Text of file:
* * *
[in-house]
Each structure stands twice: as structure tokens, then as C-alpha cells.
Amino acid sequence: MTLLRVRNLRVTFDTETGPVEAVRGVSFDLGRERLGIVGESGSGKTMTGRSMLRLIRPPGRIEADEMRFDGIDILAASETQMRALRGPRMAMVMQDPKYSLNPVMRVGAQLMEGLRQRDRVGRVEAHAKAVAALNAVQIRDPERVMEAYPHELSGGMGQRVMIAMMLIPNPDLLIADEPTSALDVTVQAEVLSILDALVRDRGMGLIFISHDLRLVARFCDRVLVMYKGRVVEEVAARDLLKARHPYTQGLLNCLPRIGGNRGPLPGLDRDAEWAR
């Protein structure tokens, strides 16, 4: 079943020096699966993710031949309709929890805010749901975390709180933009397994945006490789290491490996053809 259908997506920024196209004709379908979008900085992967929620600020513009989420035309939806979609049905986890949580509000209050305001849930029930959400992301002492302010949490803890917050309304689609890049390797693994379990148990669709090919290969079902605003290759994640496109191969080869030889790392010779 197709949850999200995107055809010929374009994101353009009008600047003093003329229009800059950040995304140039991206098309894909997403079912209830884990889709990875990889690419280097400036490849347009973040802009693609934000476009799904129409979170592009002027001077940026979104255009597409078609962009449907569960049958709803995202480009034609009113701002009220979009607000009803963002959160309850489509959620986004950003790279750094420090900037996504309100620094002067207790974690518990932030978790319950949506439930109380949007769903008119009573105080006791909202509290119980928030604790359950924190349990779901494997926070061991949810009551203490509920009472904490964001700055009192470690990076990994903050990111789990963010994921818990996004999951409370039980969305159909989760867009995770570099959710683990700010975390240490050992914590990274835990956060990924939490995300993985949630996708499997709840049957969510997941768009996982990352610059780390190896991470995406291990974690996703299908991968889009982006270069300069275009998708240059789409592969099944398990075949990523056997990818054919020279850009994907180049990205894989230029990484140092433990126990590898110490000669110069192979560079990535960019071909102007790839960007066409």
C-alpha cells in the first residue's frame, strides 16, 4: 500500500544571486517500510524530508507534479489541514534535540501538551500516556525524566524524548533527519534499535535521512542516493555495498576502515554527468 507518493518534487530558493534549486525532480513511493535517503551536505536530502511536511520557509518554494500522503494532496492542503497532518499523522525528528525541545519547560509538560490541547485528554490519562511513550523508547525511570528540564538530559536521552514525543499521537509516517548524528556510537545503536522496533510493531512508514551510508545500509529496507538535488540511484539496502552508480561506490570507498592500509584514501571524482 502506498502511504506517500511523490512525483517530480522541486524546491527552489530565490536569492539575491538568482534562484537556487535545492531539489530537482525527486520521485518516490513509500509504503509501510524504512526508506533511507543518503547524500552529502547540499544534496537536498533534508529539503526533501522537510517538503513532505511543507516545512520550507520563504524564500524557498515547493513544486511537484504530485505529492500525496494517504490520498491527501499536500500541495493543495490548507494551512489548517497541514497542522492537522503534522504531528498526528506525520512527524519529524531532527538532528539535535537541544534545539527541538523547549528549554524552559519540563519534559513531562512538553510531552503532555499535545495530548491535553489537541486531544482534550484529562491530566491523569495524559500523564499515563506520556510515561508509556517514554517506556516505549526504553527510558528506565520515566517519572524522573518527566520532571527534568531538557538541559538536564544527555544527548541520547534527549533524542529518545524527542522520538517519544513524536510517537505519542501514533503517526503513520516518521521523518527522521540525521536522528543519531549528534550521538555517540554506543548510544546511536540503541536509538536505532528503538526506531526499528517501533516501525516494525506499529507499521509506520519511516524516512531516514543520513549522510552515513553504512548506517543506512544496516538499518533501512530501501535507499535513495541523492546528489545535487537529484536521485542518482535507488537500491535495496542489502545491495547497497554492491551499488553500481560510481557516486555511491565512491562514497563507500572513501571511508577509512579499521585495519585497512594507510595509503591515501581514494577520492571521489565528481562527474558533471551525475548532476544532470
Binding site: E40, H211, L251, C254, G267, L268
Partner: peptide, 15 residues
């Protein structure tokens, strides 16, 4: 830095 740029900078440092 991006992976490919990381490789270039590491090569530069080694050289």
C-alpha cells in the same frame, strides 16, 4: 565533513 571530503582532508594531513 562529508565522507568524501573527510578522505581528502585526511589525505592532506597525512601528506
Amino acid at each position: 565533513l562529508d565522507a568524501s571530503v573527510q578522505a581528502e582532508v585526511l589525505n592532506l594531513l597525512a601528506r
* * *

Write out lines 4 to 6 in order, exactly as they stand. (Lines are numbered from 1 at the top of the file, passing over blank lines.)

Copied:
């Protein structure tokens, strides 16, 4: 079943020096699966993710031949309709929890805010749901975390709180933009397994945006490789290491490996053809 259908997506920024196209004709379908979008900085992967929620600020513009989420035309939806979609049905986890949580509000209050305001849930029930959400992301002492302010949490803890917050309304689609890049390797693994379990148990669709090919290969079902605003290759994640496109191969080869030889790392010779 197709949850999200995107055809010929374009994101353009009008600047003093003329229009800059950040995304140039991206098309894909997403079912209830884990889709990875990889690419280097400036490849347009973040802009693609934000476009799904129409979170592009002027001077940026979104255009597409078609962009449907569960049958709803995202480009034609009113701002009220979009607000009803963002959160309850489509959620986004950003790279750094420090900037996504309100620094002067207790974690518990932030978790319950949506439930109380949007769903008119009573105080006791909202509290119980928030604790359950924190349990779901494997926070061991949810009551203490509920009472904490964001700055009192470690990076990994903050990111789990963010994921818990996004999951409370039980969305159909989760867009995770570099959710683990700010975390240490050992914590990274835990956060990924939490995300993985949630996708499997709840049957969510997941768009996982990352610059780390190896991470995406291990974690996703299908991968889009982006270069300069275009998708240059789409592969099944398990075949990523056997990818054919020279850009994907180049990205894989230029990484140092433990126990590898110490000669110069192979560079990535960019071909102007790839960007066409």
C-alpha cells in the first residue's frame, strides 16, 4: 500500500544571486517500510524530508507534479489541514534535540501538551500516556525524566524524548533527519534499535535521512542516493555495498576502515554527468 507518493518534487530558493534549486525532480513511493535517503551536505536530502511536511520557509518554494500522503494532496492542503497532518499523522525528528525541545519547560509538560490541547485528554490519562511513550523508547525511570528540564538530559536521552514525543499521537509516517548524528556510537545503536522496533510493531512508514551510508545500509529496507538535488540511484539496502552508480561506490570507498592500509584514501571524482 502506498502511504506517500511523490512525483517530480522541486524546491527552489530565490536569492539575491538568482534562484537556487535545492531539489530537482525527486520521485518516490513509500509504503509501510524504512526508506533511507543518503547524500552529502547540499544534496537536498533534508529539503526533501522537510517538503513532505511543507516545512520550507520563504524564500524557498515547493513544486511537484504530485505529492500525496494517504490520498491527501499536500500541495493543495490548507494551512489548517497541514497542522492537522503534522504531528498526528506525520512527524519529524531532527538532528539535535537541544534545539527541538523547549528549554524552559519540563519534559513531562512538553510531552503532555499535545495530548491535553489537541486531544482534550484529562491530566491523569495524559500523564499515563506520556510515561508509556517514554517506556516505549526504553527510558528506565520515566517519572524522573518527566520532571527534568531538557538541559538536564544527555544527548541520547534527549533524542529518545524527542522520538517519544513524536510517537505519542501514533503517526503513520516518521521523518527522521540525521536522528543519531549528534550521538555517540554506543548510544546511536540503541536509538536505532528503538526506531526499528517501533516501525516494525506499529507499521509506520519511516524516512531516514543520513549522510552515513553504512548506517543506512544496516538499518533501512530501501535507499535513495541523492546528489545535487537529484536521485542518482535507488537500491535495496542489502545491495547497497554492491551499488553500481560510481557516486555511491565512491562514497563507500572513501571511508577509512579499521585495519585497512594507510595509503591515501581514494577520492571521489565528481562527474558533471551525475548532476544532470
Binding site: E40, H211, L251, C254, G267, L268